Revolution #263, March 25, 2012

Taking "War on Women" Graphic—and the Need to Act—to Downtown Artwalk

From readers:

After reading about the "War On Women" art piece that was done in another city and how it was taken to people in building for the March 10 International Women's Day protests ("Report on Taking Out Our Amazing 'War on Women' Display..." at, we decided to re-create this here at the monthly Downtown Artwalk, which happened to land on International Women's Day. Downtown Artwalk is a monthly celebration of art from local galleries and draws a lot of people. We laid the butcher paper out on the sidewalk in a well-lit spot in front of some galleries and from the first tracing of a female body outline, people began to stop to see what this was about. As we put down boot prints over the women's bodies and laid out facts about the war on women, we discovered we had a continuous flow of people stopping to look and standing around reading all the facts.

The effect on people is hard to describe. It shook some people up. One couple with a young boy stopped. They all stood reading together. They were standing in front of the words, "Every day 3 to 4 women are killed by their partners." The husband tried to make light of it, telling his wife jokingly that she'd better be careful. She wasn't laughing or smiling. The child, practicing his reading, read the words out loud. Husband and wife were silent and stone-faced. We showed them Revolution newspaper and said this is a war on women, a war we're losing, and it's time to change that. She pulled out a dollar and her husband fished out two more to make a donation.

Most people had never heard ANY of these facts, much less seen them all laid out together. Several people pointed in shock to what was written about El Salvador, where women are arrested out of hospital rooms and their uteruses used as evidence against them. The metaphor is apt of people using muscles they've never used before. For example, even in some of the conversations with people who oppose abortion, it was the first time they had ever thought about the question of abortion as a question of liberation or enslavement of women (instead of life or non-life of "unborn babies"), and there was real engagement about this. An ex-military guy said it is true that the degradation of women is everywhere, the strip clubs, the pornography, and that right on that corner we were standing within a block of two brothels. He said he found violent porn on his daughter's boyfriend's phone and asked why are you watching this shit? And the boyfriend said the apps are there, it just gets sent to me. A gay woman confided that she hates this violence and domination and it happens in lesbian relationships too.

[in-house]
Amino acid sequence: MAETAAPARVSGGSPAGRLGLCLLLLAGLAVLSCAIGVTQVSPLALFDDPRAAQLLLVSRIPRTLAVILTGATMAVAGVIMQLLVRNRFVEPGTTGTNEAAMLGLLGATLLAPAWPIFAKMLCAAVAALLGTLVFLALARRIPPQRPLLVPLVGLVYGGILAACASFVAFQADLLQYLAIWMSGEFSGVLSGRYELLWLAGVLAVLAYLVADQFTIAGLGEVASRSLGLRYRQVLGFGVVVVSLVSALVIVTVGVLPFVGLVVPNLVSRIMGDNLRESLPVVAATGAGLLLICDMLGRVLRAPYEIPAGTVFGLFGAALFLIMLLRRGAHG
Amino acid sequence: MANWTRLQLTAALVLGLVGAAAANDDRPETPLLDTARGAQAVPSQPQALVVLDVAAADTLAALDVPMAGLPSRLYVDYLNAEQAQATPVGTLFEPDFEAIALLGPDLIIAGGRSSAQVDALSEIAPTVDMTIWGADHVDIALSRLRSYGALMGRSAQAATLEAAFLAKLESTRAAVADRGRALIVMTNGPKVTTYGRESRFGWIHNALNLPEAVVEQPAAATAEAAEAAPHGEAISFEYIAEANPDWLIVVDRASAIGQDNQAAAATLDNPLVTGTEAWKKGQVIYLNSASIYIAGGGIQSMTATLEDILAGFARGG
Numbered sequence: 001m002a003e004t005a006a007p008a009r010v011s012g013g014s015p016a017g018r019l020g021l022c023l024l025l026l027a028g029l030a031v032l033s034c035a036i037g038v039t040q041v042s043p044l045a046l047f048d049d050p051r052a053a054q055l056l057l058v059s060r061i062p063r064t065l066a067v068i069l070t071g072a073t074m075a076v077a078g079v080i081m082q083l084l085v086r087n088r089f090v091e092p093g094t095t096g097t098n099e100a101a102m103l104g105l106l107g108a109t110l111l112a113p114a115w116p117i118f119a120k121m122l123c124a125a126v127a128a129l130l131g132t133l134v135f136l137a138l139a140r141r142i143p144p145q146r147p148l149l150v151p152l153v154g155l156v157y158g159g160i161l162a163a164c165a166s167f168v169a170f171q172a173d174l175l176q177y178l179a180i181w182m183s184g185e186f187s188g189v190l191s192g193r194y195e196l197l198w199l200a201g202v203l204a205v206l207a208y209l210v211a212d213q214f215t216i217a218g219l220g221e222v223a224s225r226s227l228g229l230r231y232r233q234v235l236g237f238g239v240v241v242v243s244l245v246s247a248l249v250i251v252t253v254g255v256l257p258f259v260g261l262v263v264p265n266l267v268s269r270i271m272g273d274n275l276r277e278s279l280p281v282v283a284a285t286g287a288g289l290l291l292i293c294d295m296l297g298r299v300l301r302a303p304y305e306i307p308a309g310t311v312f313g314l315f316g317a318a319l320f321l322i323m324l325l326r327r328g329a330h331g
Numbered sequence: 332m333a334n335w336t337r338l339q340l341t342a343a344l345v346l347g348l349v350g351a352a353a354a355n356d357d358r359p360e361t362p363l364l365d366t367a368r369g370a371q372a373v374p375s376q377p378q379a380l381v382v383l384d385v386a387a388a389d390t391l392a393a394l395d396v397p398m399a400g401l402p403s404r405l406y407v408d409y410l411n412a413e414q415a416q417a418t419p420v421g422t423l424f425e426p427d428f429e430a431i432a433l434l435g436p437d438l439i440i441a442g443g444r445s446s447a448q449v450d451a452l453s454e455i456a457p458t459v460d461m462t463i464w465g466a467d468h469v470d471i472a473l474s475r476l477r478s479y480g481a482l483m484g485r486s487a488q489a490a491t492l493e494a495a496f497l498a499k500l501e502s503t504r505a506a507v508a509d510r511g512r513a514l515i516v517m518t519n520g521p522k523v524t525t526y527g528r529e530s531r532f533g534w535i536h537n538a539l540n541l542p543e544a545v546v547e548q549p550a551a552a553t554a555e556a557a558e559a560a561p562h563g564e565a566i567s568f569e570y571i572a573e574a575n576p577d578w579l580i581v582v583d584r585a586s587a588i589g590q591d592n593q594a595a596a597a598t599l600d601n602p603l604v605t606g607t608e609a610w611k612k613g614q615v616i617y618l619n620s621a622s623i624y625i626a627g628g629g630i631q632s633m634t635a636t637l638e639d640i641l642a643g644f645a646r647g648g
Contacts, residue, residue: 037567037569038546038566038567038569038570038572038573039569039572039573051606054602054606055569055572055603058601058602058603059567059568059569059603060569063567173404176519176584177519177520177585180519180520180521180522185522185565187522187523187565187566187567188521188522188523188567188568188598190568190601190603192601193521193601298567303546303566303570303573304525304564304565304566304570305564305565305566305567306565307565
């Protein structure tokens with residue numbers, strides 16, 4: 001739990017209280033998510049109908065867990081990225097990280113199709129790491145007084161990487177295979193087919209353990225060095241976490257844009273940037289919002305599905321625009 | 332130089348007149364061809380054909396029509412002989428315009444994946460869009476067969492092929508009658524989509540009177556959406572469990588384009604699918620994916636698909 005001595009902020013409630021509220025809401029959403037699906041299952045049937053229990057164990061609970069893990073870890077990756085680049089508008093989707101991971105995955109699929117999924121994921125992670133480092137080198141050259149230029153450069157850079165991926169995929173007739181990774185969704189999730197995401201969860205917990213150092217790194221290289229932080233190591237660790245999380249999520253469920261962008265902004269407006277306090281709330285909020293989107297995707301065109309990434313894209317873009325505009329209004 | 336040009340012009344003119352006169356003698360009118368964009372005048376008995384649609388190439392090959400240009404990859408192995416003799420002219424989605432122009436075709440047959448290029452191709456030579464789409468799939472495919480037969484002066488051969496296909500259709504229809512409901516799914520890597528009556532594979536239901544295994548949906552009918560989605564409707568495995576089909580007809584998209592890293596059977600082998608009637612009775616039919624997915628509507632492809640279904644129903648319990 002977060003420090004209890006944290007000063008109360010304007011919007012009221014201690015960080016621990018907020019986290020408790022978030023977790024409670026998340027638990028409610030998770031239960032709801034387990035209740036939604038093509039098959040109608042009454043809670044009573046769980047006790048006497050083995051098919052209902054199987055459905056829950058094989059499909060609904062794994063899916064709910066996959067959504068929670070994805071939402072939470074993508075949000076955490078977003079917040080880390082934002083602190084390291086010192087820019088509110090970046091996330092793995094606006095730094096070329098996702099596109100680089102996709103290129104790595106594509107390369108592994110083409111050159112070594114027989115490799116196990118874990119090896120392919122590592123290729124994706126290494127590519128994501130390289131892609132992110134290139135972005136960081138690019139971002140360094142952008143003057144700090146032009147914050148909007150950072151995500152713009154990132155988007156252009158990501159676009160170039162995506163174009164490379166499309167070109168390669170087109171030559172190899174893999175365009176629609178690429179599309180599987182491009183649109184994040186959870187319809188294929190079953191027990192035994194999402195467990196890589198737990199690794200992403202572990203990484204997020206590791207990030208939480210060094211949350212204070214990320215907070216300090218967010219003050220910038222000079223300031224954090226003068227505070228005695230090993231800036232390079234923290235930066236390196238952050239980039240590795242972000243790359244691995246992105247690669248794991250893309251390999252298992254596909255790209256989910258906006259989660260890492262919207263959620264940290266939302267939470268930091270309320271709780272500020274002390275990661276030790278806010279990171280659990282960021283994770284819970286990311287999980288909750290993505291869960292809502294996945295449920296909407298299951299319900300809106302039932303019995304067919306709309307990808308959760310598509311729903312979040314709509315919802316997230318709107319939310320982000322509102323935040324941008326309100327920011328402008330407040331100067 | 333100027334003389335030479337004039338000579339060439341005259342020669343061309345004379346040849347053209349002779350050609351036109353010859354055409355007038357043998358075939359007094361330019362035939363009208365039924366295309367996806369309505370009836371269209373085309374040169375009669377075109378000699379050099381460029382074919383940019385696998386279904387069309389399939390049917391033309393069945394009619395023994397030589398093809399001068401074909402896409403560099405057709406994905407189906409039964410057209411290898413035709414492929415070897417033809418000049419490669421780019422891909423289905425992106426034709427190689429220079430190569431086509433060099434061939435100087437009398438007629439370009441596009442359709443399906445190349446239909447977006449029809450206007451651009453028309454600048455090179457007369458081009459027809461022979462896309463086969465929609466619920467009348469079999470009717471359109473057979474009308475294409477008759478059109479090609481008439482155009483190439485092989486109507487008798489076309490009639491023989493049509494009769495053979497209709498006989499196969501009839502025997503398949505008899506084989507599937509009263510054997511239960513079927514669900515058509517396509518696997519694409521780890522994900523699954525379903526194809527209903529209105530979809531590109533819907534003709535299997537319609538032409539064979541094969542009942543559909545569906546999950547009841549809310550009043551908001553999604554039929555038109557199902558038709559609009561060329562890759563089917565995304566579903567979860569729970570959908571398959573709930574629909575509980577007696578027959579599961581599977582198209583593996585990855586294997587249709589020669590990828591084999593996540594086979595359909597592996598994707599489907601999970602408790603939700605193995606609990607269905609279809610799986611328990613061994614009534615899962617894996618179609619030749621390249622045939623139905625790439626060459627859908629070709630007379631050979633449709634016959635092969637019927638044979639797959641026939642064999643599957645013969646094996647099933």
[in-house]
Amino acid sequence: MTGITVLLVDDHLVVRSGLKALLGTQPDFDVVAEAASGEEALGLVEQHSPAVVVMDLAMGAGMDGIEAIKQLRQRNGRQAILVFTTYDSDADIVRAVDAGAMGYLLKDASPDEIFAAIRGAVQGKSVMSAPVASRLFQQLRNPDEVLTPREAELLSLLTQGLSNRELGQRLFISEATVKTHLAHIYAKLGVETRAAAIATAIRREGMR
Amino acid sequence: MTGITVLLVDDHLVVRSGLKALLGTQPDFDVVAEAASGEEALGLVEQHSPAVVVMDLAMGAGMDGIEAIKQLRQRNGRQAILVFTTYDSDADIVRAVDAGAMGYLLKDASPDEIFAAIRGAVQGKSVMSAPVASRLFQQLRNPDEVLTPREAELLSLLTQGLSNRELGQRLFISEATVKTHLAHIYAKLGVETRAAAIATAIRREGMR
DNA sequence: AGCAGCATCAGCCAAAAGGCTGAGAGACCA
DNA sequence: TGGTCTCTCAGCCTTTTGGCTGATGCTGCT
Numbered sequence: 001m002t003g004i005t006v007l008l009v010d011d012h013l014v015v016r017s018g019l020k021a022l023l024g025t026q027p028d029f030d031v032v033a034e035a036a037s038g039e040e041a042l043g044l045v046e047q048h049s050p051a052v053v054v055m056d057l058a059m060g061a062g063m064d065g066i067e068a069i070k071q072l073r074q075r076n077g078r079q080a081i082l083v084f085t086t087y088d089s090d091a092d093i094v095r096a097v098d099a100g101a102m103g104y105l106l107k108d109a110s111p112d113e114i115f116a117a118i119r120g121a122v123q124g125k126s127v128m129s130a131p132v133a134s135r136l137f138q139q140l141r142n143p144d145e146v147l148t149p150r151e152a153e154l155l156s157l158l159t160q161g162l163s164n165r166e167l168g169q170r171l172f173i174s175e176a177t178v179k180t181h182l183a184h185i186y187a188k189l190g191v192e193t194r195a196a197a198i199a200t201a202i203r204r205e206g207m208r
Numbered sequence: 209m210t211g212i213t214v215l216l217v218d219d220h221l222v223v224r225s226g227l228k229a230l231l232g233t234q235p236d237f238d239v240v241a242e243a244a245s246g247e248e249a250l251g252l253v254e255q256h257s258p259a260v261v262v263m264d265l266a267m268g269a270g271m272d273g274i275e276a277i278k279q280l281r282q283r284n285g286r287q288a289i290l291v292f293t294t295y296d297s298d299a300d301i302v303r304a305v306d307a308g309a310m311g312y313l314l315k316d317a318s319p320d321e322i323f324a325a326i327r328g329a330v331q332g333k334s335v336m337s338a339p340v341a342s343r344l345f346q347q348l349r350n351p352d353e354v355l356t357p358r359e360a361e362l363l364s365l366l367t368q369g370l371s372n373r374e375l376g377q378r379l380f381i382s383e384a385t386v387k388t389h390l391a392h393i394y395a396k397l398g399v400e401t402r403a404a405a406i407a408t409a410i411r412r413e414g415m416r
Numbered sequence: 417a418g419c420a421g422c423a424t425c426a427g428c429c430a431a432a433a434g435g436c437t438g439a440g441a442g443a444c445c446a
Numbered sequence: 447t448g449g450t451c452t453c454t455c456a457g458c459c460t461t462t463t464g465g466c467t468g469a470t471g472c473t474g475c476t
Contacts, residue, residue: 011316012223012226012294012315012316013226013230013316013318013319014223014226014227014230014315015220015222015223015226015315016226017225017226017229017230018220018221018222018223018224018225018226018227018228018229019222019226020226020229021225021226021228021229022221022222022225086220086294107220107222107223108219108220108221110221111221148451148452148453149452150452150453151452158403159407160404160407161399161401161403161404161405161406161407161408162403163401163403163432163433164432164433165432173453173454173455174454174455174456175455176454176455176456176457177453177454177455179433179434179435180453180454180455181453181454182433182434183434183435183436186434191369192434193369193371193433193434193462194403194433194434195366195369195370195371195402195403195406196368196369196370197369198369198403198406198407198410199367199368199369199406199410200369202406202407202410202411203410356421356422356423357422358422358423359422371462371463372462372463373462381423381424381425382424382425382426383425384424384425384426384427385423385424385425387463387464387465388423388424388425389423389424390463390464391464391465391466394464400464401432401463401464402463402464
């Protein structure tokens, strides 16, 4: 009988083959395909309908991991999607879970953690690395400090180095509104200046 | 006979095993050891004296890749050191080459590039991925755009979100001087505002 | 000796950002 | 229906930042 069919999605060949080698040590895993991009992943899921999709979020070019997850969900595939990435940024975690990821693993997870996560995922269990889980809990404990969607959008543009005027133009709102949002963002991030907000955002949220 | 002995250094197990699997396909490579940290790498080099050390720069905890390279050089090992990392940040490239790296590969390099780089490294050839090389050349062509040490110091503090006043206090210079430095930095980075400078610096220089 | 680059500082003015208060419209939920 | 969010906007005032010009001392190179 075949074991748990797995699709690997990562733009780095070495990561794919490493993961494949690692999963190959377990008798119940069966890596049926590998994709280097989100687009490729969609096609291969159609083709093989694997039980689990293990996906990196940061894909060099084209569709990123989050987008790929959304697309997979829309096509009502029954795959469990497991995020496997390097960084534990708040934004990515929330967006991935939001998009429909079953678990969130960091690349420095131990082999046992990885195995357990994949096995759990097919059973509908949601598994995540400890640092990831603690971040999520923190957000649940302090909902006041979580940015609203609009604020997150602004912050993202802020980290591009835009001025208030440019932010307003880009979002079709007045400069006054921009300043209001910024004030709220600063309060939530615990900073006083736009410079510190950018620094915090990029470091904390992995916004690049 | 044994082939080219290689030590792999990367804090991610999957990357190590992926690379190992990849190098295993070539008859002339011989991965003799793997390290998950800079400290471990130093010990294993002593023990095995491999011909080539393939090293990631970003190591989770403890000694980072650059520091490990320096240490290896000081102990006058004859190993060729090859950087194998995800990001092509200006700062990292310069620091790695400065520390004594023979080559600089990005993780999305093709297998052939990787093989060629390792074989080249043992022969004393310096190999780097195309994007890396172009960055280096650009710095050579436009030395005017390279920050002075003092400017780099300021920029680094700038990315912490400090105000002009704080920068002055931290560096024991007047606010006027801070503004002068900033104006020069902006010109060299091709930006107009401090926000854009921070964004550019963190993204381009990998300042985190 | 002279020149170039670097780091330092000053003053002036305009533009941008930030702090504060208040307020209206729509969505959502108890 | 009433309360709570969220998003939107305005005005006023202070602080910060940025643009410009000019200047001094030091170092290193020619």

Most of the responses we got were very positive, but the controversy was very much alive. One woman wanted to know why we say the church keeps women oppressed. One guy who has been part of Occupy saw the boot prints that read, "porn," "church," "`beauty' standards" and said, "that's perfect!" But when it came to abortion, the struggle began. The biggest controversy was about porn, with many people saying it is just a choice made by women. One guy who came to be part of our crew brought a couple friends with him and the struggle broke out before they even made it to where the display was, with one friend saying, if women are going to disrespect themselves, why should I do anything different? The guy from our crew fought for the position that women should be treated like human beings and not objects. Though the friends didn't stick around, he stayed the whole night, specifically to struggle with other men.

Swirling around in all these discussions were questions of how to deal with all this—the need to act, and specifically to get into the streets on March 10, and the need for revolution. A high school student took a stack of flyers to pass out at school and broke into a huge smile when we tagged him with a sticker that said, "If you can't imagine sex without porn, you're fucked!"

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